The festival launched in 1886—it is the oldest winter celebration in the United States—and has since become synonymous with the eternal war between Boreas, King of the Winds, and Vulcanus Rex, the God of Fire. The two titanic figures "battle" for the end of winter and the beginning of spring each year; their annual struggle ends with a re-enactment of the Overthrow of Boreas, signaling the unofficial end of winter.
In addition to the lore, there’s plenty to love about the festival. Events include daytime and nighttime parades, ice and snow carving competitions, a 300-foot-long snow slide, polar plunges, an autonomous snowplow competition, a Cinco de Mayo celebration, barstool skiing (a brave balancing act involvign a barstool affixed to a set of skis), and more.
It's late February. You've endured months of darkness, snow, ice, rain, wind, and cold. You deserve to unwind and celebrate the dawn of spring—and what better way to let loose than to wear ominous wooden masks, don furry wool coats, and burn a coffin designed to symbolize winter?
That's the heart of the Busó festivities, which take place every February in the Hungarian city of Mohács. Roughly 500 "busós" (those are the masked men and women who wear the nightmare-inducing masks) arrive on rowboats for the Busójárás z z z festival each year before marching through the city and eventually burning a coffin in the town square to signal the end of winter. Other events throughout the six-day festival include a costume contest, art displays, dancing, and live music.
As legend has it, the Norse god of snow, Ullr, was struck by Montana's Flathead Valley's beauty and eventually chose the community as the new home. The peace was short-lived, however, when a band of Yetis tried to kidnap his queen. But as humans settled in the valley, Ullr donned the clothing of the men and women settlers and sought their help to stop the yetis. Eventually, the citizens of Whitefish made Ullr their king.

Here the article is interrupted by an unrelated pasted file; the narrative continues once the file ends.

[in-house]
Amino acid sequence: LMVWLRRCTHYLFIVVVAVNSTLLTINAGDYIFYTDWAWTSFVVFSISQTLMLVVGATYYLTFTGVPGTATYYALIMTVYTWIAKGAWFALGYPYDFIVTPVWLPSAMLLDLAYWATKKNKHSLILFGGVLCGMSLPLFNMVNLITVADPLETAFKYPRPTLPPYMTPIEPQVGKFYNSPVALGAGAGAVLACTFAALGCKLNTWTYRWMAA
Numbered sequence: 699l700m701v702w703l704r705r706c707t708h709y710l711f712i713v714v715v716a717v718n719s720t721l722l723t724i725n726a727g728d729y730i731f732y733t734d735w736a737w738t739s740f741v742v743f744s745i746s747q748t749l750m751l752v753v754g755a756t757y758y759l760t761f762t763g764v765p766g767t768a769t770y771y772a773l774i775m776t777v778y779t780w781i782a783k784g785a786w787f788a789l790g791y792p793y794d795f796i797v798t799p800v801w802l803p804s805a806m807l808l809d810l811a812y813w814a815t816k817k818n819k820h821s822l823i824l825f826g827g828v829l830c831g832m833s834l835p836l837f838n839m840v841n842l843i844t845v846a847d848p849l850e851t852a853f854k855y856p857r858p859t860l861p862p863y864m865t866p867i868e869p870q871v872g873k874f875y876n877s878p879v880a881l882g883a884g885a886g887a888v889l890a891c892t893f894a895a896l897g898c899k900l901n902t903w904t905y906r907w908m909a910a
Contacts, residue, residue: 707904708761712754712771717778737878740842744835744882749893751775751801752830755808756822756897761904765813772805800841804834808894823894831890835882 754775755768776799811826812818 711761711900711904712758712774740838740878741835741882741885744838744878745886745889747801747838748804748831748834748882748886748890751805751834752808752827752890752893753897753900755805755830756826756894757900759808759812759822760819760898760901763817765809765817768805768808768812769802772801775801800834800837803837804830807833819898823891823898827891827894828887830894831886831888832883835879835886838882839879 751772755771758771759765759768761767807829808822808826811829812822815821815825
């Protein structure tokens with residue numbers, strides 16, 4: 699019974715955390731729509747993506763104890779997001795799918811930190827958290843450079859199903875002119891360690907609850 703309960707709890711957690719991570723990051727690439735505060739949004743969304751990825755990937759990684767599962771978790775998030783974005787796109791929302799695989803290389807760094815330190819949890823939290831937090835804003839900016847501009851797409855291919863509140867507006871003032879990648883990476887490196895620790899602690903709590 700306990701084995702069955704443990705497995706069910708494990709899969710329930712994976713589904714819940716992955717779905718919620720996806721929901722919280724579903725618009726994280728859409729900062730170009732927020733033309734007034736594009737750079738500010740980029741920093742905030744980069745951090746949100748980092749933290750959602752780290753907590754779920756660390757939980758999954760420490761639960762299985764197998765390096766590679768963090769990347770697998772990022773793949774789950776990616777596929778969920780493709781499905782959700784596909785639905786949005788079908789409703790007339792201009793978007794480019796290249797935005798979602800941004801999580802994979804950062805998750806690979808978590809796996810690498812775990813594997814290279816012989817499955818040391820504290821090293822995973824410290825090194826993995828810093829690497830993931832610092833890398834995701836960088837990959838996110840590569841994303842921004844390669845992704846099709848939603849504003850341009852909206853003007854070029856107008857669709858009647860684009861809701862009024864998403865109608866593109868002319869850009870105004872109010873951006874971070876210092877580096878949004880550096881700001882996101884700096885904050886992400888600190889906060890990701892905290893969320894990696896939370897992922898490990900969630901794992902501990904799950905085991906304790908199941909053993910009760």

Today, the Whitefish Winter Carnival is an annual affair where revelers join forces with Ullr to banish the Yetis back to the hills and celebrate wintertime. The fun includes a disco party, skijoring (where skiers are towed by horses), children's carnival, and celebratory parade.
With long winters and frigid temperatures, it's no surprise the Madison Winter Festival has emerged as a popular event to showcase Wisconsin's outdoor sports and recreation scene.
The festival takes place in early February and features something for everyone—including children's activities, workshops and clinics, a candlelit snowshoe and ski tour of Elver Park (followed by s'mores around a bonfire), 3K-5K snowshoe races, sledding, snow carving, and more.
Every year, two million visitors descend on Sapporo, Japan, for the annual Sapporo Snow Festival. The winter festival, now one of the largest in the world, had humble beginnings. Local high school students carved six snow statues in 1950—yet the event still drew 50,000 visitors and announced itself as a signature seasonal event on the island of Hokkaido.
In the nearly 70 years since that first festival, the Sapporo Snow Festival has transformed Hokkaido into a winter wonderland, with roughly 200 snow and ice sculptures on display at three sites throughout the festival. Many of the sculptures are illuminated at night, adding to the festive atmosphere. Other attractions include snow slides, children's activities, and ice sculpture contests.
Named for an ugly, eel-shaped, bottom-dwelling fish, the International Eelpout Festival marks one of Minnesota's quirkiest seasonal celebrations.
Every winter, more than 10,000 hardy souls descend on the Minnesota town of Walker, whose population is just 1,069, to celebrate the eelpout of Leech Lake, the state's third-largest lake. Events include an eelpout fish fry (naturally), a fishing competition, curling, beer pong, rugby, dog sled rides, a costumed polar plunge, and more.
New York's Saranac Lake Winter Carnival started as a way to pierce winter's icy sheen and has since evolved into a 10-day festival that includes firework displays, a chocolate festival, curling, a frying pan toss, ultimate Frisbee, snowshoe races, inner tube races, snowshoe softball, theatrical performances, live music, and movie nights. And it just keeps getting better: The oldest winter festival in the eastern United States has been going strong for more than 120 years.
Written by Matt Wastradowski for RootsRated.